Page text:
An “artist” is a person who “creates art, especially paintings, drawings, or sculptures” or “somebody who does something with great skill and creativity”. Used as a slang word, it could also refer to “somebody who is very good at doing something, especially something involving cunning or deceit.” (As defined by Microsoft Encarta)
In short, we consider a person an artist if he/she has skills that allow him/her to produce a work of Art, whether it is good or not and whether it is out of goodwill or ill-will. A person who paints forgeries is still an artist even though he violates the law. As in all fields, we have good and evil people trying to eke out a living, or, more precisely for some, to make a killing.
Art, as we know, is one area where rules are more often violated than observed. But as long as those “violations” remain within the purview of Art – what we call artistic license or freedom – no one can file a case against an artist. So it is naively assumed.
When Picasso distorted the human body form, he was criticized by some and praised by others. Eventually, his paintings rose in value in spite of (or is it because of?) his style. Skill and creativity, put together well, are potent tools for the artist to raise people’s perception of themselves, the world and life in general to heights of unchartered glory. At times, of engaging amusement. And at other times, of both glory and amusement, as when we watch great movies.
Courage allows an artist to accept challenges and make discoveries in the field of creativity. Like the mountain climber who, in reality, seeks inner adventure, the artist also rises beyond familiar horizons to attain what no one else has even attained before, including oneself. As some artists are wont to say, the more rules are broken, the better. The obvious reason is for people to notice their work above the commonplace.
But most artists remain happy working within the bounds of legality, morality, decency, economy and even acceptability. After all, living a peaceful and contented life is every person’s goal in society. Our basic human need for nutritious food and ample sleep remains in spite of our differences in the length of our hair or the type of footwear we use.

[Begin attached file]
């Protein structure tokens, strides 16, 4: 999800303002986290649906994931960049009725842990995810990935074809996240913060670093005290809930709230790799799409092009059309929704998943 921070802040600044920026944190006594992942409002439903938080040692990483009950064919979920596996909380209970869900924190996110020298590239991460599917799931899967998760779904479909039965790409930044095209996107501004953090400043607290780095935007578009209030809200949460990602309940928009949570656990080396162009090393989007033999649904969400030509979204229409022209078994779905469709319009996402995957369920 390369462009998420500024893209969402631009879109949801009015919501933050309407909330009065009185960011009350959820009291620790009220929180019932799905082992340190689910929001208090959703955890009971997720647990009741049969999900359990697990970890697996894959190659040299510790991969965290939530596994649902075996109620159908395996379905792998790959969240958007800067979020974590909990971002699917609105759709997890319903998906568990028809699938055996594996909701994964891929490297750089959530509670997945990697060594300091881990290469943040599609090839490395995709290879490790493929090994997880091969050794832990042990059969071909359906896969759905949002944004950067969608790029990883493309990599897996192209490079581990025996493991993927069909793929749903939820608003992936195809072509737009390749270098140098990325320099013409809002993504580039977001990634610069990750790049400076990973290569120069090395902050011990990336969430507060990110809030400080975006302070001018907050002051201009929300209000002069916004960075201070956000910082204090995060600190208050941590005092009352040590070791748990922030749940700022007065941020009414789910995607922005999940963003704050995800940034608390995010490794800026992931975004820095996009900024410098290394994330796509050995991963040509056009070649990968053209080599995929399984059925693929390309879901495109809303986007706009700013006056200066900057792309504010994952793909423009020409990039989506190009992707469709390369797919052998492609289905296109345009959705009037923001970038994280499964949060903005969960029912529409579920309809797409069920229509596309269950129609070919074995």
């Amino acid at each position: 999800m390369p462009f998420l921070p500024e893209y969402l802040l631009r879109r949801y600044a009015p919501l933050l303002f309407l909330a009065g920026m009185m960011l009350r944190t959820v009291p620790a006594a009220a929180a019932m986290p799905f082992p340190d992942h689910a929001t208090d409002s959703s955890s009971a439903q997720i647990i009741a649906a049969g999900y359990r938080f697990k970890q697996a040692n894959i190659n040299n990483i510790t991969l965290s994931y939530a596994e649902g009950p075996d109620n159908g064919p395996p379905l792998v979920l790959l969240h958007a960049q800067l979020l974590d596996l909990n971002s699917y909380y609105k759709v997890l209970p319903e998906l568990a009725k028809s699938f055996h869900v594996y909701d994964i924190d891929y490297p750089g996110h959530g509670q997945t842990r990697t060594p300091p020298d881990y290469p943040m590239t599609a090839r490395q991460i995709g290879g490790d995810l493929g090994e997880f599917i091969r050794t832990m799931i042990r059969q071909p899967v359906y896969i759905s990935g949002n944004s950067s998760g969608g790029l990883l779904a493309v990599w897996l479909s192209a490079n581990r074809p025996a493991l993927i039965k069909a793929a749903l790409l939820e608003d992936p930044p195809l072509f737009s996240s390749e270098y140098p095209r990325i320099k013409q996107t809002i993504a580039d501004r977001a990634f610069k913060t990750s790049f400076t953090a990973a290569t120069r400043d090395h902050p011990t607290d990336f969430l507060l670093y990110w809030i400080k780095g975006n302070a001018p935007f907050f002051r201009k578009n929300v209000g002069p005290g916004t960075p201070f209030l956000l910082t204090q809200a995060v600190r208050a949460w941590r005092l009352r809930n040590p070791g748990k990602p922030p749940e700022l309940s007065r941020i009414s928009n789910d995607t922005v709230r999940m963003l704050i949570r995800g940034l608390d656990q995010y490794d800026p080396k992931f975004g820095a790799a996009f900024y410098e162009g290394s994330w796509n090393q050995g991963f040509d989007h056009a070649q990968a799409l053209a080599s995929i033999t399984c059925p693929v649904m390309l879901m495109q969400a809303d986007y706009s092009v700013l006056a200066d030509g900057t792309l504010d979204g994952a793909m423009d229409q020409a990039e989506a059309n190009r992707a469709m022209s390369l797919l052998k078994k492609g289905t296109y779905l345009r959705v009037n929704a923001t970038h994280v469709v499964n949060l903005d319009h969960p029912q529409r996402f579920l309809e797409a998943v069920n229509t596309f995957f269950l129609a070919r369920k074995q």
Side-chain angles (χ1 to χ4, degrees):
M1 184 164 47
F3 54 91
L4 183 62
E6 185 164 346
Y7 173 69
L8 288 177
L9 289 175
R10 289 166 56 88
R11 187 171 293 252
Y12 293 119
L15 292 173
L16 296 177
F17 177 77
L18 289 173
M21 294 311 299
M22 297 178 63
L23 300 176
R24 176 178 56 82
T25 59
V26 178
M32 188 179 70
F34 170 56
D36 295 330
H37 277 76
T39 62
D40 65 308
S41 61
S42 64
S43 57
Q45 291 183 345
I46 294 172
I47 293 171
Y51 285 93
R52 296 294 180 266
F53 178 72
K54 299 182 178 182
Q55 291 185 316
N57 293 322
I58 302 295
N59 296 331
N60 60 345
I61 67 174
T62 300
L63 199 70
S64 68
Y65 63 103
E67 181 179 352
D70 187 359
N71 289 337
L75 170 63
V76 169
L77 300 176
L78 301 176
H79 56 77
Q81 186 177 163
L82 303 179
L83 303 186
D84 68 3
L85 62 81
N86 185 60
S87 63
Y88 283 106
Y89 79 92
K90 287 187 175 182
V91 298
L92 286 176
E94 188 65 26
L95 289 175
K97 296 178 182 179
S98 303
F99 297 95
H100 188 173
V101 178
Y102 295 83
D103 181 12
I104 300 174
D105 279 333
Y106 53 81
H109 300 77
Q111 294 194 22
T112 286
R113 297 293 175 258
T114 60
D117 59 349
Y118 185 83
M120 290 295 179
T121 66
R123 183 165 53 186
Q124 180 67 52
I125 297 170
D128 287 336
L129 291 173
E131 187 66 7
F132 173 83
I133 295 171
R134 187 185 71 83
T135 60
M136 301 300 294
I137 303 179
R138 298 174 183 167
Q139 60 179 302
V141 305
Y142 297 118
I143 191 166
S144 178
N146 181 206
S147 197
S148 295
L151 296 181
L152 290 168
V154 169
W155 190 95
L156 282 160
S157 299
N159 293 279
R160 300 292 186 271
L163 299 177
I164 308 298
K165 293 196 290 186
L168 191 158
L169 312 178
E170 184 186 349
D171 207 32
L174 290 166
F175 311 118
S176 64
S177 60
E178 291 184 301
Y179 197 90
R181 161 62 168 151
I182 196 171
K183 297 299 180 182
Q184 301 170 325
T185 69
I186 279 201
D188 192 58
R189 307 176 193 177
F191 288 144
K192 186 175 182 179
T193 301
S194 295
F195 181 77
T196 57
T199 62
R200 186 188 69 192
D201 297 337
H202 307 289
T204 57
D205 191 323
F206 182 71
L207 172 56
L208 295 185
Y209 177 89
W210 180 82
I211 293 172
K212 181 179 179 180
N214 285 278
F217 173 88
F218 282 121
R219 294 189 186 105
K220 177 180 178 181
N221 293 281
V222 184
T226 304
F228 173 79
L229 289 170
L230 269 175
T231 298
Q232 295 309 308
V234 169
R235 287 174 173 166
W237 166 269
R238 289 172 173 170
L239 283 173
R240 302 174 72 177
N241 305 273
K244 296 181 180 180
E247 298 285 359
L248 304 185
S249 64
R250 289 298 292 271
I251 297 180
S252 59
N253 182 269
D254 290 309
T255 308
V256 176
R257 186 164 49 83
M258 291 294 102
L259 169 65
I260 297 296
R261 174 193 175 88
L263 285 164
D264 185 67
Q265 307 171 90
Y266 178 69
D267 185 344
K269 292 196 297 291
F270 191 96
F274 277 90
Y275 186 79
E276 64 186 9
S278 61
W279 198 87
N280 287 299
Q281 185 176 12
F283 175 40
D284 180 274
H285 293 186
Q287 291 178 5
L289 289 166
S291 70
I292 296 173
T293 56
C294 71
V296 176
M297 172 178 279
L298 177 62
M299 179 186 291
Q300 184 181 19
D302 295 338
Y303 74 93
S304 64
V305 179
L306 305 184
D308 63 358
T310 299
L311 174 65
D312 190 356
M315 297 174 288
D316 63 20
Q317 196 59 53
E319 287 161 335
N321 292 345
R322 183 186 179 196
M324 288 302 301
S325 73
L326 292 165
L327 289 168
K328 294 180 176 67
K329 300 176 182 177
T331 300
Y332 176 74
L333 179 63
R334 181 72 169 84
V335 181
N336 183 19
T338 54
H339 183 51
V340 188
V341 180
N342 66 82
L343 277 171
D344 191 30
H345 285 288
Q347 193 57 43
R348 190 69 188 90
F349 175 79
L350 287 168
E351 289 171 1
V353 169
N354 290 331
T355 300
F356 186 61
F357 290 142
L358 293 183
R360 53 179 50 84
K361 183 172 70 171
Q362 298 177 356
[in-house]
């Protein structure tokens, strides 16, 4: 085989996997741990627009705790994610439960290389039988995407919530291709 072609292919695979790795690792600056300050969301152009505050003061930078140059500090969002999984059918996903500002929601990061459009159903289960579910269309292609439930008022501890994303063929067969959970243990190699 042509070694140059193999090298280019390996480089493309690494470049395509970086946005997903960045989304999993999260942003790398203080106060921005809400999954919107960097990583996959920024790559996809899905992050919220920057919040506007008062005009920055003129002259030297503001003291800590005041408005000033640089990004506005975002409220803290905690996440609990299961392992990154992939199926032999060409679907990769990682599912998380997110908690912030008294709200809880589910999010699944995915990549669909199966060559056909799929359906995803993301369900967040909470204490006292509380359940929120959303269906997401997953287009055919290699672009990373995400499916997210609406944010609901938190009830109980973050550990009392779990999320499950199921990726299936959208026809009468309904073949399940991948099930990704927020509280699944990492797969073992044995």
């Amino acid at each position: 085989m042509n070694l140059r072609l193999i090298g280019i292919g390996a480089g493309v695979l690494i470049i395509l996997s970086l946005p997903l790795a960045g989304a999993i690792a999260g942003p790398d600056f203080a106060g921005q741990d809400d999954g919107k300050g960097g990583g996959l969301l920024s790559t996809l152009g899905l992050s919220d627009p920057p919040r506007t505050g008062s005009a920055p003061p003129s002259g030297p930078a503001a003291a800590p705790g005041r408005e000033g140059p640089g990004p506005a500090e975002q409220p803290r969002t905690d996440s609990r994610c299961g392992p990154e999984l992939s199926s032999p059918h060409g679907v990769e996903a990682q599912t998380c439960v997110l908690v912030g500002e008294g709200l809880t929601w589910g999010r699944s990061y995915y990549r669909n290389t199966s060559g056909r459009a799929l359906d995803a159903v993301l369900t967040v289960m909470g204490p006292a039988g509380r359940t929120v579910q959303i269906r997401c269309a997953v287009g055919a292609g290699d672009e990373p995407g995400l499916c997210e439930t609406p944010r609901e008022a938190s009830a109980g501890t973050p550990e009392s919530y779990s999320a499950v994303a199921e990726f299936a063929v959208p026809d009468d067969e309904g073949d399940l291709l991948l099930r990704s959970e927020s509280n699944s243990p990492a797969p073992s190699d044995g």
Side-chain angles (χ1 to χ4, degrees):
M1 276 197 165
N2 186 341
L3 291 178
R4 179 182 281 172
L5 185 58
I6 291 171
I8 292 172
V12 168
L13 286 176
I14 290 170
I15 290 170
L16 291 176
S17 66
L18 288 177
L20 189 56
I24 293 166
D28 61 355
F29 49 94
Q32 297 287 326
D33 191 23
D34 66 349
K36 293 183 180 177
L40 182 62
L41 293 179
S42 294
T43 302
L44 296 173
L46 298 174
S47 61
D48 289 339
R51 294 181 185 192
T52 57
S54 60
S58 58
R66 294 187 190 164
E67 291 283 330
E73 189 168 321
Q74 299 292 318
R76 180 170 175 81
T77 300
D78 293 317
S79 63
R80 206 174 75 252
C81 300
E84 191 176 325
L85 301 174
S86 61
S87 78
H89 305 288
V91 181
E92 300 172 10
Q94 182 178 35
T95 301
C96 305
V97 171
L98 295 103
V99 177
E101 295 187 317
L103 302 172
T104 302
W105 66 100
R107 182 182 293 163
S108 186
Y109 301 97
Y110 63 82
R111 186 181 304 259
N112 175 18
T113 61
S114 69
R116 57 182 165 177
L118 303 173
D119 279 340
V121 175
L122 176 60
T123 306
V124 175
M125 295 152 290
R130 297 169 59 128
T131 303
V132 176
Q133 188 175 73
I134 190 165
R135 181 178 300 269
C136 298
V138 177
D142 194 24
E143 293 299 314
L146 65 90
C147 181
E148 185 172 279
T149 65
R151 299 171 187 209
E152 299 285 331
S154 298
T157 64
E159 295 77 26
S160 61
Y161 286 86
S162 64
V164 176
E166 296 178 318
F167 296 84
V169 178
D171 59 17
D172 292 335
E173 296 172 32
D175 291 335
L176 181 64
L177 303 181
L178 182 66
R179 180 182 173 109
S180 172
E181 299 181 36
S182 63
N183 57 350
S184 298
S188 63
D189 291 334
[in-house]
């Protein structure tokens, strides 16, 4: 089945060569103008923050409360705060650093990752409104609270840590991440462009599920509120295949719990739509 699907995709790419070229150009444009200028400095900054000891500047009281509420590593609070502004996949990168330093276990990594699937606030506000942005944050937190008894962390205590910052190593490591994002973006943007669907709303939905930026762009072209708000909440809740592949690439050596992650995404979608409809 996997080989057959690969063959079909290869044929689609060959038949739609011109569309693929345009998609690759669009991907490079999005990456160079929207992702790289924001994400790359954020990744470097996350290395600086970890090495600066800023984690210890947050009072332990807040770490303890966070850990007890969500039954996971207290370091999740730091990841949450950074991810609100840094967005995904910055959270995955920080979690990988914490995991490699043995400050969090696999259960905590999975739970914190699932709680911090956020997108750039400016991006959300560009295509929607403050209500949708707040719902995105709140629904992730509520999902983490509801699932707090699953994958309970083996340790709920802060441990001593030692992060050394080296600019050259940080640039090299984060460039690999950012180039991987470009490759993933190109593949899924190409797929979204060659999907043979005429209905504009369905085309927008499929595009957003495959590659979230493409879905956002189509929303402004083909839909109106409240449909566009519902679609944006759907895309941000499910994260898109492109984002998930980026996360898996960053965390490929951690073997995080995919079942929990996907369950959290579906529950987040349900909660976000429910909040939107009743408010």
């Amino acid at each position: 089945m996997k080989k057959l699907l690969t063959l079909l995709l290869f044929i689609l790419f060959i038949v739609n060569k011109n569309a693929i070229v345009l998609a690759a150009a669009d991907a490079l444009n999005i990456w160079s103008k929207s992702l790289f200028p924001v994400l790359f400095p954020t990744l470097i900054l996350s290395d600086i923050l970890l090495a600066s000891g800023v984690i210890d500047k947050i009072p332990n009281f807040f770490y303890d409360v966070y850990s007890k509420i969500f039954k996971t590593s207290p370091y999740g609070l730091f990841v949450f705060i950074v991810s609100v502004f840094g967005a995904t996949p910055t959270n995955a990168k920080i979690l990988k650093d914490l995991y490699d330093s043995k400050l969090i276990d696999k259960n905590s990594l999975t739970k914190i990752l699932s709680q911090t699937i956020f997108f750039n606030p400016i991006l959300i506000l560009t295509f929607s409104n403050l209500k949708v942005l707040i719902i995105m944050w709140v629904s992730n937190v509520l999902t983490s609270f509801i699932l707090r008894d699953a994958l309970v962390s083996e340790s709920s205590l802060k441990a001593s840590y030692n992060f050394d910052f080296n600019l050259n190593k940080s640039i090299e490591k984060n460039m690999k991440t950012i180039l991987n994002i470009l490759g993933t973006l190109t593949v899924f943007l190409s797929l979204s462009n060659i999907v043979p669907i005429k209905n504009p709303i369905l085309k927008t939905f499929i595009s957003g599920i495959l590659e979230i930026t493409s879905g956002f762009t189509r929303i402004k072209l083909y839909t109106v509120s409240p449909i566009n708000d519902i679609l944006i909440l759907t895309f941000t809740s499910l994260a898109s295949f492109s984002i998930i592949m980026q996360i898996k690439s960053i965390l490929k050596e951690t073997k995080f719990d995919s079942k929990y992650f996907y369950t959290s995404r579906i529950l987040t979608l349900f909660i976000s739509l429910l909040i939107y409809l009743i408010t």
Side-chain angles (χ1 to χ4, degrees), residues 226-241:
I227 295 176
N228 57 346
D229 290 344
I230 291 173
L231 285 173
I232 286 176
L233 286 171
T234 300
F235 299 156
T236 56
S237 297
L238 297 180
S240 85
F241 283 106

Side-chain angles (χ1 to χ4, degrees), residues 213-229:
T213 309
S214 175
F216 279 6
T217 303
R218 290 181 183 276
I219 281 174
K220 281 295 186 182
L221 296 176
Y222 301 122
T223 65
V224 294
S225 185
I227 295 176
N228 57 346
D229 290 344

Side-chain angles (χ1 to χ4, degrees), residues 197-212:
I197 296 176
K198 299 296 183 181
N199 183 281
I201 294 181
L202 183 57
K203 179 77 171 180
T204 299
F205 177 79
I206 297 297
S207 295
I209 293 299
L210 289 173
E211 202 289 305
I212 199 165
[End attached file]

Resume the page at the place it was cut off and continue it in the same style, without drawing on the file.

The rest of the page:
So, what do we make of this noise about Martin Nievera needing to explain before the Senate – and to the Filipino people, it seems – why he sang the National Anthem the way he did at the Pacquiao-Hatton fight? Why do many want to “hale him to court” while others “hail him to high heavens”? What gives?
Our understanding of Art essentially derives from our understanding of our environment, of our own being and the relationship of the two. We learned to draw as kids by imitating the basic forms we see: the human body, trees, mountains, animals and planets. We painted ourselves into our pictures of life. And together with this fundamental artistic process, we learned to accept the basic structures of society and how we must relate to them: the family, the school, the city or town, the government and its laws and the history of our nation. We imitated our parents and peers in how we behaved within this complex environment and eventually derived our own unique personality.
The real artist, the ubiquitous breaker of rules, always finds a way to do things better according to his/her perception. And more often than not, according to one’s artistic mood of the moment. The reason many people, who do not consider themselves artists, fail to appreciate what many artists do is because of their lack of a clear appreciation of what Art truly is. (Hence, this long intro to this article’s issue.) Many remain fixed to their concepts of structures they learned in grade school: the human body has one head, two arms, two legs and one torso. A family has one father, one mother and one or more children. And it follows: the National Anthem has only one melody. So the law says; so it must be followed.